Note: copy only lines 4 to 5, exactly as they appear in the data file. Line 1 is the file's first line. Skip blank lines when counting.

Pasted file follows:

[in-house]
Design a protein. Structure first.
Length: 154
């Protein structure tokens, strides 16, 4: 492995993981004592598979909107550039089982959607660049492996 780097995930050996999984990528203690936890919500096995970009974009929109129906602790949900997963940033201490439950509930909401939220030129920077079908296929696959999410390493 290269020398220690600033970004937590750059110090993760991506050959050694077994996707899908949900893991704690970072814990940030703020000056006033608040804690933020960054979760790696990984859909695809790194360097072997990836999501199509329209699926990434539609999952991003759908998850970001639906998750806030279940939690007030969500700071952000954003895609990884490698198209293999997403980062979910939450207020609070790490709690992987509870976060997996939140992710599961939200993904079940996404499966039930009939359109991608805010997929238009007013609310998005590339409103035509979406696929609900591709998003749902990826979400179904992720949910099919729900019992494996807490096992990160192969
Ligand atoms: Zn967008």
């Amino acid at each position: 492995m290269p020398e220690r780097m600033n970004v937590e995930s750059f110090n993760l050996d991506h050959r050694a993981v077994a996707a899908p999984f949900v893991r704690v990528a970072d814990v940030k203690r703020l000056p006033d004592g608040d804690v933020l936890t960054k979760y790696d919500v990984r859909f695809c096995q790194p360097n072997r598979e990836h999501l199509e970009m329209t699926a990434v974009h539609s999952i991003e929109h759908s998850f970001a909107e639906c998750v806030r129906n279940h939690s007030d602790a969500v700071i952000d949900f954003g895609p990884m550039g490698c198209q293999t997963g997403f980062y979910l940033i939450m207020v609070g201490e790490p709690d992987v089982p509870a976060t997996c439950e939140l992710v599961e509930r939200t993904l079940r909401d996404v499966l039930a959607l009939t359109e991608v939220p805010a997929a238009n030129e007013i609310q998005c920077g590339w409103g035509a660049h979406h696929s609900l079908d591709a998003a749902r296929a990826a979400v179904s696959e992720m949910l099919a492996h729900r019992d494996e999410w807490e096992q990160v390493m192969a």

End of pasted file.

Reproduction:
């Protein structure tokens, strides 16, 4: 492995993981004592598979909107550039089982959607660049492996 780097995930050996999984990528203690936890919500096995970009974009929109129906602790949900997963940033201490439950509930909401939220030129920077079908296929696959999410390493 290269020398220690600033970004937590750059110090993760991506050959050694077994996707899908949900893991704690970072814990940030703020000056006033608040804690933020960054979760790696990984859909695809790194360097072997990836999501199509329209699926990434539609999952991003759908998850970001639906998750806030279940939690007030969500700071952000954003895609990884490698198209293999997403980062979910939450207020609070790490709690992987509870976060997996939140992710599961939200993904079940996404499966039930009939359109991608805010997929238009007013609310998005590339409103035509979406696929609900591709998003749902990826979400179904992720949910099919729900019992494996807490096992990160192969
Ligand atoms: Zn967008």